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19 May 2017 @ 04:07 pm
The fear of difference  

I've been getting quite worried lately by the number of vox pops, BTL comments and pronouncements on the likes of Twitter (perhaps I should say Twatter) which seem to indicate a growing fear and intolerance of any difference from the perceived norm. It isn't just about immigrants or foreigners, though lord knows they suffer from this; it also affects disabled folk. This is partly the fault of governments and newspapers who have encouraged their dimmer readers to believe everyone in a wheelchair is some kind of fraudster bent on robbing them via the benefits system. But it goes deeper, I think, witness the online conversation I had lately about a man who, some years ago, was wrongly suspected of murder by the press (probably encouraged by the police) and had, quite rightly, received compensation for the injury to his reputation when the real culprit was found. The person on the other side of the conversation was inclined to blame him, because "if he didn't want to be suspected he shouldn't have looked so weird and had an odd hairstyle".

This is why I don't like politicians advocating national unity, coming together, shared values, singing from the same hymn sheet (particularly that metaphor: I don't wish to sing from any hymn sheet, and since I live in a post-enlightenment secular democracy, not a mediaeval theocratic dictatorship, that is my right). But I also want to live in a country where one is not obliged to act like everyone else, fall in behind the majority opinion, or even have a sensible hairstyle. I don't want "unity" if it means conformity, nor "coming together" if it means ironing out difference, rather than learning to tolerate it.

So basically I think all natural-born conformers should have a good listen to Georges Brassens' great song La mauvaise réputation. When the lyric says everyone speaks ill of him except the dumb, everyone kicks out at him except the one-legged, he isn't just making black jokes, he means those who are somehow different from the norm have a natural affinity, unlike the "braves gens" who think everyone should go the same road as them and be exactly like them. For anyone whose French is rusty, here's a rough translation I once did purely for the purpose of singing in the bath.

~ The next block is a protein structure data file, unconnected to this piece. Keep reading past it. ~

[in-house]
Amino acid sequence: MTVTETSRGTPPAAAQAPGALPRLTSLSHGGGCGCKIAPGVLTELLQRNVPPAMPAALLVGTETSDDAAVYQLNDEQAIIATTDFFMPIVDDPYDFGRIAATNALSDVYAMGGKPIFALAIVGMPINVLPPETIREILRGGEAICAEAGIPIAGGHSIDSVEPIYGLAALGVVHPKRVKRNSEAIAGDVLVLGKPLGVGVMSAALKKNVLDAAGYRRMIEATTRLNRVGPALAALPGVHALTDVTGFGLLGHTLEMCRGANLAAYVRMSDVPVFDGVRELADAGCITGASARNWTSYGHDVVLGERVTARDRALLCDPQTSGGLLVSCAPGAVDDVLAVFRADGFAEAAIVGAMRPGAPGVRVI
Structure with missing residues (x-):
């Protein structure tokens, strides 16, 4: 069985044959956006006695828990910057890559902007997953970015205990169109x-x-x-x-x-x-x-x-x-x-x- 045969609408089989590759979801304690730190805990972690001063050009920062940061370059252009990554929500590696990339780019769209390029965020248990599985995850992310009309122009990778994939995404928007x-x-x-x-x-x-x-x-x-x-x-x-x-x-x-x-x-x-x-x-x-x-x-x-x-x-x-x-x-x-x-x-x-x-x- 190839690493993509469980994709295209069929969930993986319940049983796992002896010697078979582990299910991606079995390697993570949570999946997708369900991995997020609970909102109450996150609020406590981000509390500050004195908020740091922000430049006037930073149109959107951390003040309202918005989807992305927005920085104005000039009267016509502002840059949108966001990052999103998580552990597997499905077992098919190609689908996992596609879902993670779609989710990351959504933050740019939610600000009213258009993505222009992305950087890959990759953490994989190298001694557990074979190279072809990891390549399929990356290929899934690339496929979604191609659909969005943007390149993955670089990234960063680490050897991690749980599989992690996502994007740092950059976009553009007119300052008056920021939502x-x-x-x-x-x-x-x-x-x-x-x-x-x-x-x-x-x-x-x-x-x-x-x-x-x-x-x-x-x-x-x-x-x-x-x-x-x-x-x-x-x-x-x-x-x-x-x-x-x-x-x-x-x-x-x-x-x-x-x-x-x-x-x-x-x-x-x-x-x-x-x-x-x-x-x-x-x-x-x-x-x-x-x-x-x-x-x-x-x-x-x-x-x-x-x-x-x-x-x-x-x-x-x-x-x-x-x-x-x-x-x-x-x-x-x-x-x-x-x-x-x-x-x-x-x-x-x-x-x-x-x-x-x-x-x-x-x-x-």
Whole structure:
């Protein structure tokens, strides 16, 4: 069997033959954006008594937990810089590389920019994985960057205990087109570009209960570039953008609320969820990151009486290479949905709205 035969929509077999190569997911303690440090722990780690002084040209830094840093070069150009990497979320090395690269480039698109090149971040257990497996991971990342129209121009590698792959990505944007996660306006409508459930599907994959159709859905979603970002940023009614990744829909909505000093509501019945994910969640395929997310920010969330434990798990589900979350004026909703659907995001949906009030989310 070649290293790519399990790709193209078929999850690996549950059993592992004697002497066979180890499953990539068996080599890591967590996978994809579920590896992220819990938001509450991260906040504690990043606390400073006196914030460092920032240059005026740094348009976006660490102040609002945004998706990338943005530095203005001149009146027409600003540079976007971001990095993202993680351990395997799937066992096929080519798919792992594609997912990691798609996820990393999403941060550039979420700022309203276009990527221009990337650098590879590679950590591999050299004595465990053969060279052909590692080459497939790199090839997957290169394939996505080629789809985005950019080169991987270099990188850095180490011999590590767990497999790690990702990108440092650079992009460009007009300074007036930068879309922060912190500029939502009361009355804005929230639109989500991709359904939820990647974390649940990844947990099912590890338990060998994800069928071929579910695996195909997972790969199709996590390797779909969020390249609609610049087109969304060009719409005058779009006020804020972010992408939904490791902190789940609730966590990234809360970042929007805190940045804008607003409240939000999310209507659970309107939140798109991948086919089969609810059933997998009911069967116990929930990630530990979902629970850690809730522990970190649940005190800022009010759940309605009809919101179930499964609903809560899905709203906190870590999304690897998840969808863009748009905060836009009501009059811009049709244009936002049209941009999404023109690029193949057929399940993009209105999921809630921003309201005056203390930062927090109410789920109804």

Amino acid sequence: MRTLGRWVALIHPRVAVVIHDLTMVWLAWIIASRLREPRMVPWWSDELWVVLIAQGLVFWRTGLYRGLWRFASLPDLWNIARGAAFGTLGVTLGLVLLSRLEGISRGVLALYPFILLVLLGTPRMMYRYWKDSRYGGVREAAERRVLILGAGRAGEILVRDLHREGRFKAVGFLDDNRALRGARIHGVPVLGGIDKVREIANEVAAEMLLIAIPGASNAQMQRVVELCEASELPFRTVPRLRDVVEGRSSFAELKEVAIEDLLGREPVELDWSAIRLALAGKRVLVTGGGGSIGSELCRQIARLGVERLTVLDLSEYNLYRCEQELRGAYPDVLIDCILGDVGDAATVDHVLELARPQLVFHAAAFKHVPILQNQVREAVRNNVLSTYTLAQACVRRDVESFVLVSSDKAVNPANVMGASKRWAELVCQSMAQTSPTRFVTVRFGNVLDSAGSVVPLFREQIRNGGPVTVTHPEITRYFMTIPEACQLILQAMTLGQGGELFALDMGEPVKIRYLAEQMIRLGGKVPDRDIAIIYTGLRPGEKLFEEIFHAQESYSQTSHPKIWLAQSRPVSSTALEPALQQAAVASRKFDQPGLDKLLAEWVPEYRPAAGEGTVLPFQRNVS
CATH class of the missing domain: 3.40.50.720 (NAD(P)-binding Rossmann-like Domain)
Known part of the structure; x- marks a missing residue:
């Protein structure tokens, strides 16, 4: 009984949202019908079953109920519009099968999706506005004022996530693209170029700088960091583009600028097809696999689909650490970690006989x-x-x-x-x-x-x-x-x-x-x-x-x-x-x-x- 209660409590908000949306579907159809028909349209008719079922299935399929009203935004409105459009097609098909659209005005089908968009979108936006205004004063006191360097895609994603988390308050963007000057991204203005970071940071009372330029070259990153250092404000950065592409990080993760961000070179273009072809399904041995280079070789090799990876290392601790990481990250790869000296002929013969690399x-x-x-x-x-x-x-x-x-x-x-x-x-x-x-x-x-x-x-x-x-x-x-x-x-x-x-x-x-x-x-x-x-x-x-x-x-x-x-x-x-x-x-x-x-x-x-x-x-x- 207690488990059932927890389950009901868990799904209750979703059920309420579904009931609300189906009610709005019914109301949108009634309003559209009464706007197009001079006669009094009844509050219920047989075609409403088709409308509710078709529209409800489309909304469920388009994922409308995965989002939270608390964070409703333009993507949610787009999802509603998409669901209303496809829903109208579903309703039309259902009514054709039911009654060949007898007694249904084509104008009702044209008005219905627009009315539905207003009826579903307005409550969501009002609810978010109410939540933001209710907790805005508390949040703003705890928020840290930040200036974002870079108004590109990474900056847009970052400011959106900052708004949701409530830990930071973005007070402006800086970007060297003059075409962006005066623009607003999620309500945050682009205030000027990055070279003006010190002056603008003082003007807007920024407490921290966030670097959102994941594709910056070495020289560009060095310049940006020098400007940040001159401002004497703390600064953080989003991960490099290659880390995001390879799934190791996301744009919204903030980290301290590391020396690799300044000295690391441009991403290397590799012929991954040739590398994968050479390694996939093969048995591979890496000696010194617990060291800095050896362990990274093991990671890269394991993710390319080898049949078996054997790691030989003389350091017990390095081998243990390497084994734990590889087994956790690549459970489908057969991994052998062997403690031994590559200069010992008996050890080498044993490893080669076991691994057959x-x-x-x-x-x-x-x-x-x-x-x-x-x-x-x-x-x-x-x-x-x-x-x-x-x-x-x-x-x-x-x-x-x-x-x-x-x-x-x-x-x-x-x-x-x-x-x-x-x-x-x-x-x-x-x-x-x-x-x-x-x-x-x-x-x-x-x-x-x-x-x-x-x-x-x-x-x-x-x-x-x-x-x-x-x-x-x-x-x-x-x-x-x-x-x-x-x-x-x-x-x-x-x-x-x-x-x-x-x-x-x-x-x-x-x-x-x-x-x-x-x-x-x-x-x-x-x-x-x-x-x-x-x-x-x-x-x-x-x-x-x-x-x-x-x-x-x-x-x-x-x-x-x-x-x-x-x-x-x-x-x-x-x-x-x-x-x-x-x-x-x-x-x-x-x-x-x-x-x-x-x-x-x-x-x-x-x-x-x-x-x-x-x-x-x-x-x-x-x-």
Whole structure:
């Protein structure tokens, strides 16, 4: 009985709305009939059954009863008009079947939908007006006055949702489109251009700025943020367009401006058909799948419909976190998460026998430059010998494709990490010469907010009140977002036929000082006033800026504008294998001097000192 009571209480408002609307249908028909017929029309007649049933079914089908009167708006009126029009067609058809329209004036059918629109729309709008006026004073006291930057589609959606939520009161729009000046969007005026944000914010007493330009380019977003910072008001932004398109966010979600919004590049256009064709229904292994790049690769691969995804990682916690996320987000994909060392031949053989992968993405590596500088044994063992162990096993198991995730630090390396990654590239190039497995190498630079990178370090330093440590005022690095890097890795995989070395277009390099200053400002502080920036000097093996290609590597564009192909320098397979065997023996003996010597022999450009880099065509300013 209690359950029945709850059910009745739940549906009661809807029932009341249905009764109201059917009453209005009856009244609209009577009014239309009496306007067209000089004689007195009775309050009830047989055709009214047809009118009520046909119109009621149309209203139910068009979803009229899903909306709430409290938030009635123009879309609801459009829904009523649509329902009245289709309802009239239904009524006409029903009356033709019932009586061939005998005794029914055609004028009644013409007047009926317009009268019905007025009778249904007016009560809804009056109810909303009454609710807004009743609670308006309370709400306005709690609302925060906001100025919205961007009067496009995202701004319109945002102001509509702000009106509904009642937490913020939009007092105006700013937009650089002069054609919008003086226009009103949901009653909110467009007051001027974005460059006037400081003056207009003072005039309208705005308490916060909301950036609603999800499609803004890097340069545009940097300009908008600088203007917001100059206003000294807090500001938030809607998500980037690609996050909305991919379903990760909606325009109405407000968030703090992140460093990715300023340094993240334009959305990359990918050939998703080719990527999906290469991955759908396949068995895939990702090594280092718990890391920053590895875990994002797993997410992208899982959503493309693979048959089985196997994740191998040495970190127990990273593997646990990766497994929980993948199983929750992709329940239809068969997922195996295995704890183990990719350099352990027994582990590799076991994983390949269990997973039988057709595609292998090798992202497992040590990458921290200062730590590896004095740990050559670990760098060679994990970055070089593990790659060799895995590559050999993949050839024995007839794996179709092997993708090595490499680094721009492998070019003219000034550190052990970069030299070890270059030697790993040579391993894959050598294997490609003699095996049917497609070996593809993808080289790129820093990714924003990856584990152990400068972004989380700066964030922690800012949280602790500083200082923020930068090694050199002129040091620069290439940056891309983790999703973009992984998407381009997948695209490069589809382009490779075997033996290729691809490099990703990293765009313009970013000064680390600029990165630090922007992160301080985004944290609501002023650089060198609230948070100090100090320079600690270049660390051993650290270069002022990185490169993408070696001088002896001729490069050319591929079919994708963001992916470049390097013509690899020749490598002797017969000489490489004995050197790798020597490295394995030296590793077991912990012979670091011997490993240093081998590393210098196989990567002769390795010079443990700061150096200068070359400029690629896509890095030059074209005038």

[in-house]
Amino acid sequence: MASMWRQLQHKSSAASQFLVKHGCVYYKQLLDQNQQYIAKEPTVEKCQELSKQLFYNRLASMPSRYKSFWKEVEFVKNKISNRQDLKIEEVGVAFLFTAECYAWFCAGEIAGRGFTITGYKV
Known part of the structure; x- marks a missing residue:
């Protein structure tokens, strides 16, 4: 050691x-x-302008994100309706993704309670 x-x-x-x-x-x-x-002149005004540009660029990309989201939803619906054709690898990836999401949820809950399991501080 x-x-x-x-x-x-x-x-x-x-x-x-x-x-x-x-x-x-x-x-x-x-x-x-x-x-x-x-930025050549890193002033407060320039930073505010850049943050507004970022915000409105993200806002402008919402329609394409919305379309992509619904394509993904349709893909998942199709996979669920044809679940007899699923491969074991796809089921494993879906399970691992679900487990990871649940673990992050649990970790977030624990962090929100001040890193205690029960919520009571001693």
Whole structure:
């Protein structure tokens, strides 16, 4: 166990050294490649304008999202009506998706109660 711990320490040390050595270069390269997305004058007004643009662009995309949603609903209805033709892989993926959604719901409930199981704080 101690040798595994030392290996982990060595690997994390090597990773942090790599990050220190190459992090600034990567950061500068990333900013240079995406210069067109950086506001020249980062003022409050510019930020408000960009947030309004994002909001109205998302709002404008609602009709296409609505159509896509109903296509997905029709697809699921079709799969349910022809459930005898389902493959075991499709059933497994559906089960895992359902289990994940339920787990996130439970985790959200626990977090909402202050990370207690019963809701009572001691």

In the village, without a doubt,
I enjoy an ill repute.
Whatever I do, whatever I say,
I'm looked on as something out of the way.
Yet I do no harm to anyone,
I just want to go on my way alone.
But the good folk hate to be told
Theirs isn't always the only road.
Yes, the good folk hate to be told
Theirs isn't always the only road.
Everybody speaks ill of me,
Except for the dumb, naturally.

When the procession passes by,
I lie in bed and close my eyes.
If they want to have their jubilee,
That's got nothing to do with me.
Yet I do no harm to anyone,
If I do not choose to follow the drum.
But the good folk hate to be told
Theirs isn't always the only road.
Yes, the good folk hate to be told
Theirs isn't always the only road.
Everyone points the finger at me,
(Not those with no arms, naturally).

If I see a kid who's been pinching fruit
Run by with the law in hot pursuit,
I stick out a foot, and strange to say,
It's always the policeman in the way.
Yet I do no harm in anything,
If I help a kid who's been apple-scrumping.
But the good folk hate to be told
Theirs isn't always the only road.
Yes, the good folk hate to be told
Theirs isn't always the only road.
Everybody kicks out at me,
Except the one-legged, naturally.

You don't need the gift of prophecy
To work out what will happen to me.
If they can find a good excuse,
I shall be hanging in a noose
Yet I do no harm to anyone,
If I follow roads that don't lead to Rome.
But the good folk hate to be told
Theirs isn't always the only road.
Yes, the good folk hate to be told
Theirs isn't always the only road.
Everyone'll come to see me die,
Except for the blind, naturally.

 
 
 
Helenheleninwales on May 19th, 2017 03:21 pm (UTC)
I remember that case about the chap who was vilified in the press because he looked "weird" and therefore must be guilty. It was reasonable for the police to question him because he was the landlord, but of course the murderer turned out to be the young and "normal looking" boyfriend. I also didn't like the incessant references to George Brown's eye. Yes, criticise his policies, but not something he can't help.